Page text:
Stella Tembisa Ndabeni-Abrahams, minister of the Department of Small Business Development kickstarted the day astutely summarising the crux of the current issue: “Women in South Africa still face many structural and social obstacles, which have been exacerbated by the Covid-19 pandemic, when attempting to advance their businesses.”
A thoroughly brave take on the current issues was the order of the day with leaders such as Thabang Charlotte Mampane, commissioner of the National Lotteries Commission, highlighting that, “women in SA account for 67% of job losses that came as a result of the Covid-19 pandemic (Feb-Apr 2020).”
Ralf Fletcher, the CEO of Topco Media, the organisers of the conference, explains that the second edition of the virtual conference is an opportunity to reach even more women which is even more critical in light of the current economic situation. “We can’t shift the dial away from the critical topic of gender empowerment and lose the momentum that we’ve achieved as a country. Tackling honest conversations and bringing leaders together to map out the next steps is absolutely critical.”The importance of authenticity
In a forward-thinking departure from the typical conference line-up, this year included creative entrepreneurs like Aisha Baker, CEO and Founder of Baked Collection. Baker started her career in the digital arena and moved to creating her own e-commerce brand. She touched on the importance of authenticity in the digital age, "I've been able to very cleverly monetize my story, and it's an authentic one – it's my real story, my real life."
Her candour resonated with the 14,000 attendees, and that common thread existed in other conversations including with Mariana Moura Santos, founder and CEO Chicas Poderosas, Margaret Hirsch, co-founder and executive director of Hirsch's Home Stores South Africa, Sodfa Daaji, founder and executive director, African Legal Think Tank on Women’s Rights Tunisia, and Jenine Zachar, head: Enterprise and Direct Banking, Standard Bank Group.Women are key to economic recovery
The second day of the conference was not less riveting and jam-packed with talks by some of SA’s best and brightest. This included heavyweights in the form of ministers Angela Thokozile Didiza from the Department of Agriculture, Land Reform and Rural Development and chairperson of the African Union, Mmamoloko Tryphosa Kubayi from the Department of Human Settlements, and the star of the moment, Professor Thuli Madonsela from Stellenbosch University.
Minister Didiza opened the floor by discussing how making women agents of change is vital in gearing South Africa towards economic recovery. This was followed by various illuminating panel discussions, and Minister Kubayi, who spoke on opportunities for women in a sustainable nation.
“It is all about providing access to the market. We want women to be able to contribute to legislation and planning that pertain to their role in construction. We want to be more responsive to women in the sector. We want to increase learning in the sector by supporting female entrepreneurs, and support the establishment of start-ups,” said Kubayi.
“The goal is to change the attitudes away from male dominance, so let's make gender equality fashionable. We need to leave the door open so the women behind us can also enter and enjoy access to the resources that we have now and will put in place in future.”When women lead, magic is unleashed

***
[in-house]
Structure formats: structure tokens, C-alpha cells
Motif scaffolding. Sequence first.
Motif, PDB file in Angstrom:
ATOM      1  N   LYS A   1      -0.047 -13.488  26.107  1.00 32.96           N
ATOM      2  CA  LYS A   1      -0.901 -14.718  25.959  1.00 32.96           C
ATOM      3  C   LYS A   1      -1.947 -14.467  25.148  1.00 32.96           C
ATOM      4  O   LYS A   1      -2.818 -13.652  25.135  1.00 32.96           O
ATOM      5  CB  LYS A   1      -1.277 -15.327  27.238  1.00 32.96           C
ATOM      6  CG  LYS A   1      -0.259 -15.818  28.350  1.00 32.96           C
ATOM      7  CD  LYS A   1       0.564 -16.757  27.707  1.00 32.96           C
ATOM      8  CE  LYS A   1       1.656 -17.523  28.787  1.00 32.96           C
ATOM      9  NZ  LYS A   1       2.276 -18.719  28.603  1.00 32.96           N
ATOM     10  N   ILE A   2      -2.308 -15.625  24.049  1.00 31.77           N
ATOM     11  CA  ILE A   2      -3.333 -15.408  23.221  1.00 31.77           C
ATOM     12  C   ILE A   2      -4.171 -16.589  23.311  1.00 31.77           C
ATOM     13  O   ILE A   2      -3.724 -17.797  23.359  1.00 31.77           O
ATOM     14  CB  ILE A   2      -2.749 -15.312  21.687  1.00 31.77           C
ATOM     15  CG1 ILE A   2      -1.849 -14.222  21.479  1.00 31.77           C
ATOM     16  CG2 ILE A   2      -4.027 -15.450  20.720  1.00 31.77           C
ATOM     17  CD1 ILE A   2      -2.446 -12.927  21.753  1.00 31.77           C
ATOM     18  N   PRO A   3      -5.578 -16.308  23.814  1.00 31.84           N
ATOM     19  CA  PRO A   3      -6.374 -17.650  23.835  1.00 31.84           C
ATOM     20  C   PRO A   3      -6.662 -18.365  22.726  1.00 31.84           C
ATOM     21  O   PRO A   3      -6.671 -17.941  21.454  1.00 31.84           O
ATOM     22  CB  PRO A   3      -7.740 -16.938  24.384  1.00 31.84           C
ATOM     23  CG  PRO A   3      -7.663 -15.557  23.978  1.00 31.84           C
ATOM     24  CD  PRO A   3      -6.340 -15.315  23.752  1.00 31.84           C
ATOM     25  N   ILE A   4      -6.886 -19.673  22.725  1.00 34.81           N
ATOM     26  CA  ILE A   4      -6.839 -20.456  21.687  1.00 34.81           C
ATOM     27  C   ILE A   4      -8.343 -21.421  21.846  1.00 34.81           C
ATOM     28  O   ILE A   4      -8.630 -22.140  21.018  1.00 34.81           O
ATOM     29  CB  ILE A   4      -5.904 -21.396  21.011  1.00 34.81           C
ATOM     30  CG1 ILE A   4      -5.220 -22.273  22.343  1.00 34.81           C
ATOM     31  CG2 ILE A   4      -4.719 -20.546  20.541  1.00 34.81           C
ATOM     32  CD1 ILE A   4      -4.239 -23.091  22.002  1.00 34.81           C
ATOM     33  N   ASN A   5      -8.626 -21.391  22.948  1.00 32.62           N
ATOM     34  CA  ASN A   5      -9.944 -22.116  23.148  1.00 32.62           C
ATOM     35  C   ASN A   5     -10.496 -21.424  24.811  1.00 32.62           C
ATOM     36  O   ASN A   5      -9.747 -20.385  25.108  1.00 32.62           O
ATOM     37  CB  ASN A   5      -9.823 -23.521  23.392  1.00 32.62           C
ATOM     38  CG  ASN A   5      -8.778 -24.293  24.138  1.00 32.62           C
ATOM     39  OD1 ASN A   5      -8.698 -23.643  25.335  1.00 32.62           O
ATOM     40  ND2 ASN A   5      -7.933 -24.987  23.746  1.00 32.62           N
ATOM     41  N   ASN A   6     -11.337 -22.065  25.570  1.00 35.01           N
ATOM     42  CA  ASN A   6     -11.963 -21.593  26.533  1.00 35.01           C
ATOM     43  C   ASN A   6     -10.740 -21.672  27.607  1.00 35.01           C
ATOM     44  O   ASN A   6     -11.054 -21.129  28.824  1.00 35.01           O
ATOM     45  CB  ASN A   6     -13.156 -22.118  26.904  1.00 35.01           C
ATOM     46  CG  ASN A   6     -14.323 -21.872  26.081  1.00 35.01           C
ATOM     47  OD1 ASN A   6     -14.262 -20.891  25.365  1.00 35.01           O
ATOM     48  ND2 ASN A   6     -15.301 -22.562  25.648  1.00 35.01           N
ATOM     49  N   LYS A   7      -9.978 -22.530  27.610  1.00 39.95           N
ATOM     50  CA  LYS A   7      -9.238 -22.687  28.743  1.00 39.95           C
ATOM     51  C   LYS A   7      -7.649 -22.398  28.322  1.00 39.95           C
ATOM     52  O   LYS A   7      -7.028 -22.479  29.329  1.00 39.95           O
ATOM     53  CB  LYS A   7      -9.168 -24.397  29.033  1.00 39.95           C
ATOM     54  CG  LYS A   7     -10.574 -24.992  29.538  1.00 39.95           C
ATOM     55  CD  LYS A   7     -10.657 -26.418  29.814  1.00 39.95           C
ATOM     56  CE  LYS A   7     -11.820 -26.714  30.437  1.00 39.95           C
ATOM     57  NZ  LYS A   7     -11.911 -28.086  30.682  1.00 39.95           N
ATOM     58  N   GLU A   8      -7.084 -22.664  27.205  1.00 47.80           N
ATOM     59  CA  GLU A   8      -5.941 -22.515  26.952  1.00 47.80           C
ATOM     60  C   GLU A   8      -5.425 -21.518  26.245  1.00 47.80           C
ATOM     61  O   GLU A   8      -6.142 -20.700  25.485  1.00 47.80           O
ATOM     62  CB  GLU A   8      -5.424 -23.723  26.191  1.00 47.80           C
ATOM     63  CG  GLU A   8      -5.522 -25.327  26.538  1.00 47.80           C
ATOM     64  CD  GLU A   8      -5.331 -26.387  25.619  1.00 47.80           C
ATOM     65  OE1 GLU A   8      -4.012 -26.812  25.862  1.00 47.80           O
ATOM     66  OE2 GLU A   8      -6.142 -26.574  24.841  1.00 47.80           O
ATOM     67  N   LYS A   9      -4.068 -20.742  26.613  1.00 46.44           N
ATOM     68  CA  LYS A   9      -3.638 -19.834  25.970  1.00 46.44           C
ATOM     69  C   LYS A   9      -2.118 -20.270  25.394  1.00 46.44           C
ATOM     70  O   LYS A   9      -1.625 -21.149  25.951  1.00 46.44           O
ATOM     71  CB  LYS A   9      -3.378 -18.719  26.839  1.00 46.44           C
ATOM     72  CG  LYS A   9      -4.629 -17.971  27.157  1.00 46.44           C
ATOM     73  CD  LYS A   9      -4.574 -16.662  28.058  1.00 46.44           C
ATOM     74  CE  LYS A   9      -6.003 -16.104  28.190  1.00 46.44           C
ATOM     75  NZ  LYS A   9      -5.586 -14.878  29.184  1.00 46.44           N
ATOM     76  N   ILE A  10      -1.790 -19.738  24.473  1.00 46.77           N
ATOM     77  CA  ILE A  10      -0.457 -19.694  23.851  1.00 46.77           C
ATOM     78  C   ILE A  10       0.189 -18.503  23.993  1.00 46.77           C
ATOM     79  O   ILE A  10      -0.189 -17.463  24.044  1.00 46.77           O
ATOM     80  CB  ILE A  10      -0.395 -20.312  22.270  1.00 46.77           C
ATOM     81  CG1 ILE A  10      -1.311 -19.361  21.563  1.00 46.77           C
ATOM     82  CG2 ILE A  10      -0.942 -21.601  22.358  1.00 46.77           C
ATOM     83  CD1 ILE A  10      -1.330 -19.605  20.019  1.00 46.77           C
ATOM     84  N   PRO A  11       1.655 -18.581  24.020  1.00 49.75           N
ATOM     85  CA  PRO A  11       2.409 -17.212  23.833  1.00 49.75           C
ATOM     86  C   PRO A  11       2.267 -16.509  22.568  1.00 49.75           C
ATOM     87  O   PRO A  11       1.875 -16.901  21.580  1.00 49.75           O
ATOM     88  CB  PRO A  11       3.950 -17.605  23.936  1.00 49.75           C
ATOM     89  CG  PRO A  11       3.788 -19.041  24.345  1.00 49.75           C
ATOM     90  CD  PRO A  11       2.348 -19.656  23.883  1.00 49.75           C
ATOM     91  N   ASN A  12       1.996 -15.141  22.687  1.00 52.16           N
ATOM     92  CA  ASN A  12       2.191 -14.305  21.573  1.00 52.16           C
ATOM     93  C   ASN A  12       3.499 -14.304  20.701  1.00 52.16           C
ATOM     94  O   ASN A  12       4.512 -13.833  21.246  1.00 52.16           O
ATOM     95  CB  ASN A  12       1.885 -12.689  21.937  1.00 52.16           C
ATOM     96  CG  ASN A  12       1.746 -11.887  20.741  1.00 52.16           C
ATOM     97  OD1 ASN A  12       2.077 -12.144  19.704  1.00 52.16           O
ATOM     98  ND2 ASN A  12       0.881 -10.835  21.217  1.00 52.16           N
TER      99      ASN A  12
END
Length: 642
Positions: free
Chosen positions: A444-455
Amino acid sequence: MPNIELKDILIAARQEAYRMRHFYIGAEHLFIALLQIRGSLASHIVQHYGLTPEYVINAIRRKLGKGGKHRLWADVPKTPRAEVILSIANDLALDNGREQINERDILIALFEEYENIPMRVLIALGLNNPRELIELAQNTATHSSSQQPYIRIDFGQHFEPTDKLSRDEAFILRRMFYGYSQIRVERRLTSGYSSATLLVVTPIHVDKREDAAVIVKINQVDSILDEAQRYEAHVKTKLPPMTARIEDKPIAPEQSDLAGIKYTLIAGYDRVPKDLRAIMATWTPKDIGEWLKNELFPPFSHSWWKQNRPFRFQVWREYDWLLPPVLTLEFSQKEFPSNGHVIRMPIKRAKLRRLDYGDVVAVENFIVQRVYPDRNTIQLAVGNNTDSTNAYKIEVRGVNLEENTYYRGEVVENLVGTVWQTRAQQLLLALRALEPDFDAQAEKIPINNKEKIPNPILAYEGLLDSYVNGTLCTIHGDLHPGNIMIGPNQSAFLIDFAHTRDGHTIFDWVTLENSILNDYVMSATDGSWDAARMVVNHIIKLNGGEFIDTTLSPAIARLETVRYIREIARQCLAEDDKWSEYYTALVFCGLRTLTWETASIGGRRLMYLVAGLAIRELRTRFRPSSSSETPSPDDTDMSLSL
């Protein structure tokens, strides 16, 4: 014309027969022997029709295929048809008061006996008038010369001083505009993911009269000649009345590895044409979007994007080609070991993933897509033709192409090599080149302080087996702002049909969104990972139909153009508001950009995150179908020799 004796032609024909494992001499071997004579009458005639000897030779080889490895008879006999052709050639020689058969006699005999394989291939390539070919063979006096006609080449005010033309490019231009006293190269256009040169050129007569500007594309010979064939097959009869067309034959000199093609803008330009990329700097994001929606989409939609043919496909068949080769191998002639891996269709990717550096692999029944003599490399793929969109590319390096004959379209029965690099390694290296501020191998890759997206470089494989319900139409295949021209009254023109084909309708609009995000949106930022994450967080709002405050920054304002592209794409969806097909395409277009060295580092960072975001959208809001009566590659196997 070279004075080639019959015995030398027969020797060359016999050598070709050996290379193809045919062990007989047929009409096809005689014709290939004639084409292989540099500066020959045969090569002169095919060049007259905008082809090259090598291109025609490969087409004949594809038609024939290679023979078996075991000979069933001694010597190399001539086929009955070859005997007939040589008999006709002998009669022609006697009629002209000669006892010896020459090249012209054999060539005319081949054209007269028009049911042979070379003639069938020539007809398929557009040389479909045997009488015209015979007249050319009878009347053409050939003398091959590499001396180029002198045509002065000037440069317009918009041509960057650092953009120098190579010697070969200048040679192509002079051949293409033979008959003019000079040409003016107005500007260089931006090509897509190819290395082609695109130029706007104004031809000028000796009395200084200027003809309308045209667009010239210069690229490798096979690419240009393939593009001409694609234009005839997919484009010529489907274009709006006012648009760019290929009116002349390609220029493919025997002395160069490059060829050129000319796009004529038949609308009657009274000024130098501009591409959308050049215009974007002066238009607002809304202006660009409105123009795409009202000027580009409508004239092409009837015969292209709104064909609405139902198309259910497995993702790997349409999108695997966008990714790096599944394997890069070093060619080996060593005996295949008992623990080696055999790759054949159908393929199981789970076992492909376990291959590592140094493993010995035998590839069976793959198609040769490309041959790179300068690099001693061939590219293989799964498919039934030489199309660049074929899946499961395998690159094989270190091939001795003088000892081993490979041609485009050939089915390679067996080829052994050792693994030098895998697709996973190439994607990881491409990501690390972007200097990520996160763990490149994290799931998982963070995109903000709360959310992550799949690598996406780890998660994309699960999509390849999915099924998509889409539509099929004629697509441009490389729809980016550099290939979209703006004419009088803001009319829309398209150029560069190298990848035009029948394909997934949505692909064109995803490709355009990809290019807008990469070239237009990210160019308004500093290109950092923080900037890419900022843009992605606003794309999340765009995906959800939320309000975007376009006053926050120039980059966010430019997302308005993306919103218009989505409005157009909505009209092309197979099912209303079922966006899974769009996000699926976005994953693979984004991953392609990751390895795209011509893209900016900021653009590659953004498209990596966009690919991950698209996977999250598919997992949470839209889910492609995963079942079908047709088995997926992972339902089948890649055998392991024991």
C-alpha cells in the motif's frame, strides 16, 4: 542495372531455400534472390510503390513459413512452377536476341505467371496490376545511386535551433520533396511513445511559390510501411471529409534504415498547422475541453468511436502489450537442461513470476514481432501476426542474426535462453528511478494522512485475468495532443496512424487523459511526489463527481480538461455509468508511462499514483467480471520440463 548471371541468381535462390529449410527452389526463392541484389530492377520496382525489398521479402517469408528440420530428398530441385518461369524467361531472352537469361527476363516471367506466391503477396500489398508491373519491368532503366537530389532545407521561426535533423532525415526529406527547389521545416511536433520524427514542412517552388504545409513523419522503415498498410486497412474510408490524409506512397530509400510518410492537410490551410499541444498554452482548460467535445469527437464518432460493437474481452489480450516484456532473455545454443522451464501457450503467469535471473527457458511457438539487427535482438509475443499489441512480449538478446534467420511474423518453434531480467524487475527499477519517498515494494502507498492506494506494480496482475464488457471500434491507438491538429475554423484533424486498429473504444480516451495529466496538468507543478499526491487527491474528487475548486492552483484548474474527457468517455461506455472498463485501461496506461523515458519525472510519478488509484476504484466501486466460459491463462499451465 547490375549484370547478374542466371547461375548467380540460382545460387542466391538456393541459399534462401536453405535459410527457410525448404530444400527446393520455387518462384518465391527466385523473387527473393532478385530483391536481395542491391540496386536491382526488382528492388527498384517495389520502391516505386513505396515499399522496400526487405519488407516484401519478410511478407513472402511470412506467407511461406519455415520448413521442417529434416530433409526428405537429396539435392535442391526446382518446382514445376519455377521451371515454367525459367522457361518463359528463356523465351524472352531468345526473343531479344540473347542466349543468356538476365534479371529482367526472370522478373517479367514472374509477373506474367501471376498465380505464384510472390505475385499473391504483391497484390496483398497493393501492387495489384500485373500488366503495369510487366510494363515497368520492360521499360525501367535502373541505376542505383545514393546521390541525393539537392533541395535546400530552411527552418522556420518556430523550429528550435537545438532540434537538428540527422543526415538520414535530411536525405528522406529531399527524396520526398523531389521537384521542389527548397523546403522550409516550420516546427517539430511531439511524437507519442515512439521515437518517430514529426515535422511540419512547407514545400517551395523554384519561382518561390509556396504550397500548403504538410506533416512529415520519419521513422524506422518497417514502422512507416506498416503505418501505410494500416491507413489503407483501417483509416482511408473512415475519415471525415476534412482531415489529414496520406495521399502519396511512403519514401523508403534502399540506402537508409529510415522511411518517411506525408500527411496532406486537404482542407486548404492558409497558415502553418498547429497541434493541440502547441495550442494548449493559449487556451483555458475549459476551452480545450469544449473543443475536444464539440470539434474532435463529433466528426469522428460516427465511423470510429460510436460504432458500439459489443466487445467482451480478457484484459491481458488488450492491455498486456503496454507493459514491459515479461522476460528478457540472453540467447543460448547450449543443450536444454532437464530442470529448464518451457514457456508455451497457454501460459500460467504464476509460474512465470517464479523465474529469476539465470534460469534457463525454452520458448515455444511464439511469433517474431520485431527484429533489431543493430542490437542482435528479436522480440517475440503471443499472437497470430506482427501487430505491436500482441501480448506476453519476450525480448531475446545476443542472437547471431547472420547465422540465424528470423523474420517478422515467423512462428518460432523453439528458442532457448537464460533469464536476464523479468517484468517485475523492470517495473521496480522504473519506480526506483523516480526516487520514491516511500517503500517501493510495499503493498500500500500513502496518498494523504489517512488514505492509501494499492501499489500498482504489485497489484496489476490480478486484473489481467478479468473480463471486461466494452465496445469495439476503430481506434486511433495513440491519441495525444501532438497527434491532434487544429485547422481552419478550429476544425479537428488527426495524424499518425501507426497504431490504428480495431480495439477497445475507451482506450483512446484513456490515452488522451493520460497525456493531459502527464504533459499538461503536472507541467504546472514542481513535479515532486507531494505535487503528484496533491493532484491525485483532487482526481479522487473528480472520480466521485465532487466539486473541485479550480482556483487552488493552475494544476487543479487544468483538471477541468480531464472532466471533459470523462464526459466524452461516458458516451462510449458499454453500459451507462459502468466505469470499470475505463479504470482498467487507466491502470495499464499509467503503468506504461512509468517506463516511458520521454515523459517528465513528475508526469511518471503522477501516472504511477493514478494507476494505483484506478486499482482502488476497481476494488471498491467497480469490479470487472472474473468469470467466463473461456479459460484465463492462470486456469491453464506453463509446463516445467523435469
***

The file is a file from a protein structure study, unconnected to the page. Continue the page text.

The highlight of the day was Professor Thuli Madonsela, who spoke from the heart when discussing the notion of looking beyond jobs to find work in a paradigm shift for post Covid-19 women's empowerment policy.
“When women lead, magic is unleashed,” stated Madonsela right out of the gate. “But we need to address economic parity and accelerate progress.”
“Our constitutional promise is the starting point. We have one of the most highly celebrated constitutions in the world. It talks of the fact that we adopted a foundation to heal the divisions of the past, based on democratic values, social justice, and fundamental human rights. It speaks to the right of equality, which means equal enjoyment of all rights, burdens and freedoms, which should be reflected in the equal, just and fair distribution of resources, etc., to all members of society.”
However, she also stated that the majority of women are actually not to be found in the workplace – only 43% of the workforce in SA are women, and 23% of top South African management positions are filled by women.
“However, this does not mean that women who aren’t formally employed don't work; they are always working. We need to look to a future where all women get to be supported, not just the 30% who are in the workplace. Magic happens when business meets women where they are to support small start-ups, and policies are written to see all women,” she explained.
“This requires partnerships between business and societies so that the work that people are already doing is affirmed and scaled, so we can leverage the dynamic power that is latent in the women of this country in every ward. This will make us a resilient country with a resilient economy. The best time to have planted a tree is 20 years ago, the next best time is now. We need to start meeting women where they are right now.”
The powerful talks and discussions of the past two days form just one component of Top Women, so if you know any incredible women, then nominate them for this year’s Standard Bank Top Women Awards taking place on 4 November 2021. In the meantime, you can keep up to date with the aftermath of the conference and everything that is still to come by following @SBTopWomen
on Twitter. Simply click here
to find out more.